Down Home

The SLOCA Blog

Homeschool Corners: Math Manipulatives

February 20th, 2018

{photos by Jenny Bischoff}

Today we are trying something slightly new here at Down Home. We all know and love the virtual tour posts that we share occasionally, where SLOCA families take us on a photo tour of their home learning spaces. These are fantastic for getting ideas on how to organize our school supplies and books, and for getting to know a little more about how our families manage their stuff and where they do their school work at home.

We'd like to try a quick and easy version of this idea by showing just a homeschool corner, desk, bookshelf, table, storage solution, or any other single spot, rather than someone’s entire homeschool realm. We aren’t looking for experts here – just real SLOCA families who are willing to show us one corner of their homeschool space and say a few words about how they use it. Today's post is actually a bit longer than what we have in mind for this series, but we wanted to introduce it, explain it, and get the ball rolling. We hope for more submissions that can be even shorter and simpler than this!

I (Jenny) will start things off today by sharing how we’ve dealt with all those math supplies and manipulatives over the years. I am what you call a somewhat-organized person. I love the look of nice neat rows and stacking bins and everything in its place, but I'm usually operating at about 75% of my organizing ideals. I am certainly no expert and there are doubtless better ways to organize and utilize all the neat games and tools we all have, but here are a few photos showing what we’ve done at the Bischoff house:

As the top photo shows, I store most of my math supplies on top of a bookcase that holds other school books and supplies. This bookcase is a great height because I can reach what’s on top of it easily, but when my kids were little they couldn’t. I’ve used different sizes and shapes of plastic bins that stack nicely, and one summer I even got productive and gave myself the project of printing (and laminating!) labels to stick onto some of the bins. These bins hold things like place value discs and cards, base-10 blocks, geometric solids, random math games, flash cards, geoboards, and tools like a compass and protractor. On top of the bins, I have a few larger math-related games and activities that we've enjoyed, like Double Shutter and Wedgits.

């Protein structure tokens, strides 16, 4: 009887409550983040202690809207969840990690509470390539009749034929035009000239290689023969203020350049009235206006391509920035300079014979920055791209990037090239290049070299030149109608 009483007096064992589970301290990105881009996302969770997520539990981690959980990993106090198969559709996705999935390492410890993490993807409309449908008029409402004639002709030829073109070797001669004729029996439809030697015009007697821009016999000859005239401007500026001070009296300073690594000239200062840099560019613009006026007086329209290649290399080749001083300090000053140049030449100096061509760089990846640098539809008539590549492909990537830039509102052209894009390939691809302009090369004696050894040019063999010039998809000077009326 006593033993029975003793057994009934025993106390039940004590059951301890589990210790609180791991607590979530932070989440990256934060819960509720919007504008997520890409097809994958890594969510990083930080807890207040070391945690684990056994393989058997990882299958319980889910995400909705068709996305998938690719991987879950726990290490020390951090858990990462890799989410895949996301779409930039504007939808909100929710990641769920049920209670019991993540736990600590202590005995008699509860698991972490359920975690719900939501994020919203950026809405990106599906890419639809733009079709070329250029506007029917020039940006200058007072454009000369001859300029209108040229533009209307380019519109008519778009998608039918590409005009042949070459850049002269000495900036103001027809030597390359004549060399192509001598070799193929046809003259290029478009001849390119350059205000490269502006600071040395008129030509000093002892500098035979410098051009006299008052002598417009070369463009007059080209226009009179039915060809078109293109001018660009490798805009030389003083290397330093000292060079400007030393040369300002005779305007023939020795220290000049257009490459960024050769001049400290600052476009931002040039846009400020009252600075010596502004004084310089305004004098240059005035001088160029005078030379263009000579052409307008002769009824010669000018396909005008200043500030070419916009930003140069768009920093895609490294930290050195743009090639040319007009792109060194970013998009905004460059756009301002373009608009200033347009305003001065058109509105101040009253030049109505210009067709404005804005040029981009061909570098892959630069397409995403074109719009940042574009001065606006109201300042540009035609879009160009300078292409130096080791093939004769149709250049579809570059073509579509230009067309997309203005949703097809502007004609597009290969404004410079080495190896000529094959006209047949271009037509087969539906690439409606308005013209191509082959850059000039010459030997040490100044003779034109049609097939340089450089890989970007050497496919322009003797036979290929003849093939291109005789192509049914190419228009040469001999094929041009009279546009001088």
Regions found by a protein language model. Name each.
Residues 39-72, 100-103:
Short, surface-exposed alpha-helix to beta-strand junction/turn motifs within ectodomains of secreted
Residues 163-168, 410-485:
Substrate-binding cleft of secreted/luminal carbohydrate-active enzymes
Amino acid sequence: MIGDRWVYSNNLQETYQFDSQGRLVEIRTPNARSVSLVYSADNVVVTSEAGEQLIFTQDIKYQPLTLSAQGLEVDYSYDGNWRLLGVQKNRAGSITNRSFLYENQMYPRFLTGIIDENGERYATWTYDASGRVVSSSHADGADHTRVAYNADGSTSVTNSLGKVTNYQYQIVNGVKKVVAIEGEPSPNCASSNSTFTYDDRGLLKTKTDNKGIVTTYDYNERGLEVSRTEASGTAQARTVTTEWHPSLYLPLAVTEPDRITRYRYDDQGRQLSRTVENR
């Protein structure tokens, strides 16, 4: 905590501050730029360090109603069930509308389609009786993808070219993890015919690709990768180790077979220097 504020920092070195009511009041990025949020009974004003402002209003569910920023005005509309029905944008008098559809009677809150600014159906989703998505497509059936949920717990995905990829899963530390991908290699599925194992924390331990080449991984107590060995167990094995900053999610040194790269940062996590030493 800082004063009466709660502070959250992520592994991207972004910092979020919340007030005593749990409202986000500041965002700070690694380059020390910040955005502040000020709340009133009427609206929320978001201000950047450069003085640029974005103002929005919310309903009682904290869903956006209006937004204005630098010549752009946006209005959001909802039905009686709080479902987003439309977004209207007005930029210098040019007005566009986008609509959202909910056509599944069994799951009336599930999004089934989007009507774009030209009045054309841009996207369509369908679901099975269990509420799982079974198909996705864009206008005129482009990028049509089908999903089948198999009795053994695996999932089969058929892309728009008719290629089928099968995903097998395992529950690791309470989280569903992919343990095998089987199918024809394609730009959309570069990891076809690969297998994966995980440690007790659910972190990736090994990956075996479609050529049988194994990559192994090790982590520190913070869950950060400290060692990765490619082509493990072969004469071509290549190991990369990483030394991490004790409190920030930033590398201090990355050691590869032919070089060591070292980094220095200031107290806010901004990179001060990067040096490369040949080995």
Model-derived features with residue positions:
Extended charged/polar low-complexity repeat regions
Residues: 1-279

Smaller bins hold colored tiles, counters, linking cubes, pattern blocks, tangrams, and dominoes. When my kids were younger I used these items all the time! We still get them out occasionally. For tall and awkward items like our giant place value cards, a cardboard magazine holder works just fine. I also keep a large rolled up paper place value chart in there (very fancy, I know).

On the right end of my shelf, there’s a white plastic basket that holds all kinds of little items we might use regularly. Number cards and playing cards, ten frames, dice, a sand timer, other math game cards that I’ve collected over the years, and one small bin of random items that work really well for game pieces or other activities. This basket is easy to grab when I gather my math books, and I’ll swap out what’s in here depending on my kids’ levels or what unit we are doing in math.

Not shown here is a shorter bookcase right next to this one, and on top of that I have a stand that holds small whiteboards, and I also keep my dry erase markers and erasers, pens, pencils, etc. there too.

That’s it! My space isn’t perfect, but it’s worked remarkably well for the past several years, with minor tweaks here and there. I know where all my math materials are and we’ve used everything shown here. Honestly, it’s probably time for me to reorganize again and pass along some of the manipulatives for younger kids. Such a sad thought! I guess I have a lot of memories tied up in these bits of plastic… we do get attached to our things, don’t we?

How do you store your math manipulatives? Share in the comments! What types of spaces or organizational solutions would you like to see featured in this series? Let us know that in the comments too.

And SLOCA parents, if you have one small part of your home learning area that you’d be willing to share on the blog, please email Down Home and show us one of your homeschool corners – let’s keep this series going! You can literally send one photo and just a few lines, if you want to keep it super simple.